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Exploring Northern Peru

by Monica Conrady

n our trip to Peru last November, we did not follow the so-called ‘gringo trail’ to Machu Picchu, Cusco and Lake Titicaca. Been there, done that. Instead, we headed first to the Amazon (as reported in the Spring issue) and then to the northern cities of Cajamarca, Chiclayo and Trujillo.

Our home base between trips was the Hostal El Patio in Lima’s Miraflores area—a charming spot with comfortable rooms opening onto flower-filled patios and terraces.

To pay their leader’s ransom, the Incas filled a whole room with gold …

With numerous small restaurants and cafes nearby, plus an upmarket deli and an internet cafe—both open 24 hours—what more could we ask for?

We flew first to Cajamarca, a colonial city in the northern highlands. Our hotel, the El Portal del Marques, formerly a family mansion, was a couple of blocks from the Plaza de Armas, the main square.

It was in this plaza that a pivotal event in Peru’s history took place. In 1532, Francisco Pizarro’s men captured the Inca ruler, Atahualpa, and brought about the fall of the Inca empire. To pay their leader’s ransom, the Incas filled a whole room with fabulous gold and silver objects—but the Spaniards executed poor Atahualpa anyway. These days, the Cuarto de Rescate (the ransom room) is all that is left of the Inca buildings.

Four miles out of town are the Banos del Inca, some natural hot springs where Atahualpa and his solders camped before their fateful meeting with Pizarro. We spent Thanksgiving afternoon there, wallowing happily in hot mineral water in our own private bathhouse. We later celebrated at the Don Paco restaurant. just off the plaza, not with a turkey dinner but with a delicious roast duck concoction.

Next on the agenda was Chiclayo, a fourhour bus ride away, down the mountainside, almost to the coast. A friendly city, Chiclayo is best known for the wonderful archeological sites found nearby. The Museo Tumbas Reales de Sipan, a world-class museum which opened in 2002 in the town of Lambayeque, is dedicated to the royal tombs of Sipan. The museum is shaped like a Moche pyramid. You start at the top and work your way down, just as an archeologist would. The subtle lighting enhances the stunning gold masks, scepters and jewelry from the royal Moche tomb, discovered only in 1987 by the archeologist Walter Alves. Taking over most of the first floor is a reconstruction of the burial tomb of the Lords of Sipan. The discovery of these treasures must have been on a par with the unearthing of King Tutankhamen’s tomb.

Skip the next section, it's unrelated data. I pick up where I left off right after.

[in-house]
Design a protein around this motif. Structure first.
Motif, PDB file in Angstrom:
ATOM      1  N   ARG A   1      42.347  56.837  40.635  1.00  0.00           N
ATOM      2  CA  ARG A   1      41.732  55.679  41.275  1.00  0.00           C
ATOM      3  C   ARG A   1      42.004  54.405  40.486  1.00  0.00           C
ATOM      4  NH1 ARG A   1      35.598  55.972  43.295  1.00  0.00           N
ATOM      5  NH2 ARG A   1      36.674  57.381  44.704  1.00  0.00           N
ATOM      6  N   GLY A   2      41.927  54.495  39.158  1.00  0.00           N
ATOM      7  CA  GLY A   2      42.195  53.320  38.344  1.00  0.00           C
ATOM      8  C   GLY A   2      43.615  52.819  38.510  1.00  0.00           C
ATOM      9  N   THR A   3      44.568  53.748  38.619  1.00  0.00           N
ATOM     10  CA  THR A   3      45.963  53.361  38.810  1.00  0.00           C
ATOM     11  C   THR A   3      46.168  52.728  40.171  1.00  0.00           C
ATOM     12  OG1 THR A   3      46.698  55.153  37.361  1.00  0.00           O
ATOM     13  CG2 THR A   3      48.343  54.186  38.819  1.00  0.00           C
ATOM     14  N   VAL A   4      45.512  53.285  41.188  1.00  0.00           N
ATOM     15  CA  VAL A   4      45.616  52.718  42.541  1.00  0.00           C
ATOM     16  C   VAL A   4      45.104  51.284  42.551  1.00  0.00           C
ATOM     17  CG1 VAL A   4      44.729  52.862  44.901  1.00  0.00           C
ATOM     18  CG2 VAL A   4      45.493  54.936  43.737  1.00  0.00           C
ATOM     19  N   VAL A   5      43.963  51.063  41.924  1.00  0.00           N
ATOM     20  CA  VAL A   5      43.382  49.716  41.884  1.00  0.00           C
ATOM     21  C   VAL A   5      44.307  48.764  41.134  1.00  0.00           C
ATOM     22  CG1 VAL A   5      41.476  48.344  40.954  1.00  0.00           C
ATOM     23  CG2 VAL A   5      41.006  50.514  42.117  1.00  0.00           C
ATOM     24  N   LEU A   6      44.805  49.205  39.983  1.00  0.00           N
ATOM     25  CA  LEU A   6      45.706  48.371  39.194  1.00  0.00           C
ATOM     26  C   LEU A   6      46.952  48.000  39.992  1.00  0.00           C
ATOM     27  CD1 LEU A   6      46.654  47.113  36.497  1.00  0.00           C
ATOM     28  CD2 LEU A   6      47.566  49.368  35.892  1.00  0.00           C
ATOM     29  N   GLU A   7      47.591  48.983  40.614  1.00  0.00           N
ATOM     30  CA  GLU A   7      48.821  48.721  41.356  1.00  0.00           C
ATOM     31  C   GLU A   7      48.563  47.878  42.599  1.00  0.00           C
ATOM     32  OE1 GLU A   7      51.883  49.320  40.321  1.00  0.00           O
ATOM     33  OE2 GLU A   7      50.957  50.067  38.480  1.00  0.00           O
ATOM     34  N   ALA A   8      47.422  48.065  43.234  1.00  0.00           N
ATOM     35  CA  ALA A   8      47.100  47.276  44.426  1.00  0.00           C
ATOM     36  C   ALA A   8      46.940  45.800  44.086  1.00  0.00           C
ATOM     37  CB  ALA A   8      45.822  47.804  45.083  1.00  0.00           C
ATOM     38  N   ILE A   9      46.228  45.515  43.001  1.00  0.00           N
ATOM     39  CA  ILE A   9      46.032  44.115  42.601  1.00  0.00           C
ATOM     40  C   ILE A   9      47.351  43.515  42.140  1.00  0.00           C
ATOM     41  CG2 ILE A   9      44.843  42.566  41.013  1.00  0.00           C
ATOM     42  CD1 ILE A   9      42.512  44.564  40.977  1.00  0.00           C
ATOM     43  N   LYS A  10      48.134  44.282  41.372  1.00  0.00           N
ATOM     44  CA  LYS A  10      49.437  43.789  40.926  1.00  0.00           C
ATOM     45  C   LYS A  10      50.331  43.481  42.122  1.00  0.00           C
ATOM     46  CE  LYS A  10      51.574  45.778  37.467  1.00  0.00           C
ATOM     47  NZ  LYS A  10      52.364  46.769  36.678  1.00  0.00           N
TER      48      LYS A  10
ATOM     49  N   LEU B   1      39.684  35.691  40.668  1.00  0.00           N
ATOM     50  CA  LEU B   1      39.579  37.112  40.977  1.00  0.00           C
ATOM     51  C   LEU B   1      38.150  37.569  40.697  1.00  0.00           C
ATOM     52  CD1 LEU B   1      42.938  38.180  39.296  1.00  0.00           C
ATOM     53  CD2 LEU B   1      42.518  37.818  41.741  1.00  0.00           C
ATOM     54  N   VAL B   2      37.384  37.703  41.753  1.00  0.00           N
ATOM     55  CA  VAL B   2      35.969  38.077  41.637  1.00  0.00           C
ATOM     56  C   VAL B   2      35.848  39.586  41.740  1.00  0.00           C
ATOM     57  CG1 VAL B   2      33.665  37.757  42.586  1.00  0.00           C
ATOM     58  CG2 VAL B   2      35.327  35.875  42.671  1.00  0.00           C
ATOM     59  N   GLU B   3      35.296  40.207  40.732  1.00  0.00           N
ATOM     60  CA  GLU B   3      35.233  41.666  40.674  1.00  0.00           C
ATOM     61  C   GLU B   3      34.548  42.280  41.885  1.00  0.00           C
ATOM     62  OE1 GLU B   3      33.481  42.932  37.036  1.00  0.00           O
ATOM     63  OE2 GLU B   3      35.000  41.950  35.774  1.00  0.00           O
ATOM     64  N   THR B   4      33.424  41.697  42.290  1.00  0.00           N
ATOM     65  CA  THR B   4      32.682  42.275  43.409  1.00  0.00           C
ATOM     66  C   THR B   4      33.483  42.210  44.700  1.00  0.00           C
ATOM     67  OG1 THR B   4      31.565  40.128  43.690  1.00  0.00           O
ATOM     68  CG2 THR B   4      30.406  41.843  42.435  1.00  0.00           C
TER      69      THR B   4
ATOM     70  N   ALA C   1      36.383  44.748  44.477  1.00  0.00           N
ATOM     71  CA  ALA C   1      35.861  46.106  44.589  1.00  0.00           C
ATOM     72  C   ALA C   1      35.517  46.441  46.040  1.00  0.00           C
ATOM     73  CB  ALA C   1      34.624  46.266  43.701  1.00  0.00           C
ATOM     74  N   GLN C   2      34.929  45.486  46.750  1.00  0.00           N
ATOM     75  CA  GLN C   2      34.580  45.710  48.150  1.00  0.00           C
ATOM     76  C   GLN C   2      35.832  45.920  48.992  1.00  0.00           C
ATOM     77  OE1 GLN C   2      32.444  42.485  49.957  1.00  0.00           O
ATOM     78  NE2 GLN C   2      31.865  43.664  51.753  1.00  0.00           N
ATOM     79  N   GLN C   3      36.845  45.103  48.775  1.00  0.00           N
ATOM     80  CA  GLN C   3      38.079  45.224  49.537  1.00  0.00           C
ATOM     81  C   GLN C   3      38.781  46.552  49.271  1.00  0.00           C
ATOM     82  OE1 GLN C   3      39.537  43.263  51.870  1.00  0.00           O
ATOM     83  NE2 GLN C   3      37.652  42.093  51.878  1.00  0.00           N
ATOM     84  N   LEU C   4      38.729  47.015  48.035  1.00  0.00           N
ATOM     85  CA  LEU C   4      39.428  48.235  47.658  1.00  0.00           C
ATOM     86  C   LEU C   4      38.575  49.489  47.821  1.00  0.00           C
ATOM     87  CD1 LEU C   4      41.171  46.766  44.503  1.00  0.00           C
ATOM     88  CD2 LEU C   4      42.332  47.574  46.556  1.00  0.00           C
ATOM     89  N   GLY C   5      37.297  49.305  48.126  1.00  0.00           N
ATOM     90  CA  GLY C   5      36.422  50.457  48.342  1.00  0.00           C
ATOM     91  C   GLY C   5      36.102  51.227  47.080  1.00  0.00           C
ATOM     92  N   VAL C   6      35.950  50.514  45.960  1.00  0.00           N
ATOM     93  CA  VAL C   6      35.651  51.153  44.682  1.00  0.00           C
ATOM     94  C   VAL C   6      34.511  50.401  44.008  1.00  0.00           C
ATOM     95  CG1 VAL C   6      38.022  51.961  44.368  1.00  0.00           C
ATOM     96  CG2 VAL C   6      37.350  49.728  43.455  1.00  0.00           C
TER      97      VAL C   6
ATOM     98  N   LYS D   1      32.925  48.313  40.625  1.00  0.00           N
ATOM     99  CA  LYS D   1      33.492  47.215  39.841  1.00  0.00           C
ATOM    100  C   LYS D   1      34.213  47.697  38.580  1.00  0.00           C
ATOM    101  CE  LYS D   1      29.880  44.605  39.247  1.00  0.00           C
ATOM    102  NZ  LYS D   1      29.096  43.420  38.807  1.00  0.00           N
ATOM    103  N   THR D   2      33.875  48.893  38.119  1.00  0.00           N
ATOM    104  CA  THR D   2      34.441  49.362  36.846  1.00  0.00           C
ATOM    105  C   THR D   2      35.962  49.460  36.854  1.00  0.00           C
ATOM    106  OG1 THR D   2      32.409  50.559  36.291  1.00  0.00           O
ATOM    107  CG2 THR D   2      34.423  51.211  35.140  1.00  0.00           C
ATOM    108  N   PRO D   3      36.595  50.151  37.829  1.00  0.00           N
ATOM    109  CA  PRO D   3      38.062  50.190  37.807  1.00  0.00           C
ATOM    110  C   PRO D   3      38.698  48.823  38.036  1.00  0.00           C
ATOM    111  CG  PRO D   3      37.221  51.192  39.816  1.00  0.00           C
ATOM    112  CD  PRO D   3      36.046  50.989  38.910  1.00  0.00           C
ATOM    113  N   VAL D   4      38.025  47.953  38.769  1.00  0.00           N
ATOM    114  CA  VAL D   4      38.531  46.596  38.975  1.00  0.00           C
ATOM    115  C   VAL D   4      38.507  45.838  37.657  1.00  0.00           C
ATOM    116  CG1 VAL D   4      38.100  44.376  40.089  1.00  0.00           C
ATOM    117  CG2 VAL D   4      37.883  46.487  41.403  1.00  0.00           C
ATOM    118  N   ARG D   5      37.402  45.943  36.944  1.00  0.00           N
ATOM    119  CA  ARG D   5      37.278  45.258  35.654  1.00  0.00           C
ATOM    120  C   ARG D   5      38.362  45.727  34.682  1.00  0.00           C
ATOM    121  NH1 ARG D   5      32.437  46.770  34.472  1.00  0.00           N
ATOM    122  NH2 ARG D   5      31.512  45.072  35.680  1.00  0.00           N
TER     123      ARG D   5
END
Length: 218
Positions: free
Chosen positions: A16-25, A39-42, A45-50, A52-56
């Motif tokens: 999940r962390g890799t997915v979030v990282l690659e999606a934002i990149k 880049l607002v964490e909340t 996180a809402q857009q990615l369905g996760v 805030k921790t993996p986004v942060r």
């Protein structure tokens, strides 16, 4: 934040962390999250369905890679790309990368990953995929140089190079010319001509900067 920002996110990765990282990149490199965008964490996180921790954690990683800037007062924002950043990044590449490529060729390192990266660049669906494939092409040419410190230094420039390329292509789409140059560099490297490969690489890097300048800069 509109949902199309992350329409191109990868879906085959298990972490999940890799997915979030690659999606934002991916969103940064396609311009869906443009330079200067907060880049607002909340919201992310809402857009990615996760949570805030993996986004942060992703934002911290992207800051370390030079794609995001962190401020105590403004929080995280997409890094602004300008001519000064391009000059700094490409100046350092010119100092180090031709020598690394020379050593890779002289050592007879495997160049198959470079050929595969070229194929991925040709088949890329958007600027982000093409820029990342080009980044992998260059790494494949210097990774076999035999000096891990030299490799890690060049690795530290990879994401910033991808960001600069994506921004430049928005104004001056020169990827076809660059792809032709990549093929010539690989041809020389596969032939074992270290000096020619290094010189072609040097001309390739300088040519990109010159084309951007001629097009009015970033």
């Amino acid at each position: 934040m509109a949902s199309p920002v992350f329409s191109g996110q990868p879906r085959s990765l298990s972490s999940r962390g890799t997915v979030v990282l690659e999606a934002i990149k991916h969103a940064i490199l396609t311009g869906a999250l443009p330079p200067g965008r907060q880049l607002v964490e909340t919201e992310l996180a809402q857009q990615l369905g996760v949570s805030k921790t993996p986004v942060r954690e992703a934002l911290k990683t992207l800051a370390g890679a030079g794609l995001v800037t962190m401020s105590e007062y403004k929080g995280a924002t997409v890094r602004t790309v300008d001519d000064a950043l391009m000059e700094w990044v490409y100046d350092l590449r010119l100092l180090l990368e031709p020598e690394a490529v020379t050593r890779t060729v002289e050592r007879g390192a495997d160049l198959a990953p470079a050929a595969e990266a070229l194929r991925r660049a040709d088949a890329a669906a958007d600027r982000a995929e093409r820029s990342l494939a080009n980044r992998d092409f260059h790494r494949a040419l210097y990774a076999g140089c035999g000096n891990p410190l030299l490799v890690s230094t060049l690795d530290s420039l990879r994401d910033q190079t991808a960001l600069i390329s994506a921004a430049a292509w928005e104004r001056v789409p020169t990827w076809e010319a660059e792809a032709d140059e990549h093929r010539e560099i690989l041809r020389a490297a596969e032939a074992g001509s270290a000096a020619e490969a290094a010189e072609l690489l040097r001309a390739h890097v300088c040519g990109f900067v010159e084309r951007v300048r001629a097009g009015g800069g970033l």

One of my favorite things to do when traveling is to check out the local markets. In Chiclayo, along with the regular market, there is a Mercado de Brujos, a witchdoctors’ market. Here I found strange herbs, potions, salves, snakeskins and animal parts — all ingredients used by the curanderos.

Our last stop was Trujillo, a three-hour bus trip south from Chiclayo. Along with its historic colonial center, Trujillo is close to two of Peru’s Northern Peru's major archaeological sites — Chan Chan, a World Heritage Site, and the Temples of the Sun and Moon. We booked a morning tour to the latter and were suitably awed at the treasures to be found under those mounds of sand.

That afternoon, we visited Huanchaco, once a small fishing village and now a lively beach town close to Trujillo. Huanchaco is famous for its cabillitos(little sea horses), the reed boats still used by local fisherman today. Trujillo’s colonial charms are best experienced on foot, so starting at the lovely Plaza deArmas, we strolled around enjoying the sights, stopping for a farewell nightcap at the elegant Hotel Liberator back at the Plaza. Next morning it was back to Lima and our home base, the welcoming Hostal El Patio.

Hostal El Patio: www.hostalelpatio.net;
Peru Tourist Office: www.visitperu.com.

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The Mythical Ruler: Naylamp
Monica Conrady photo

The Flower-filled Terraces of
Hostal El Patio

Monica Conrady photo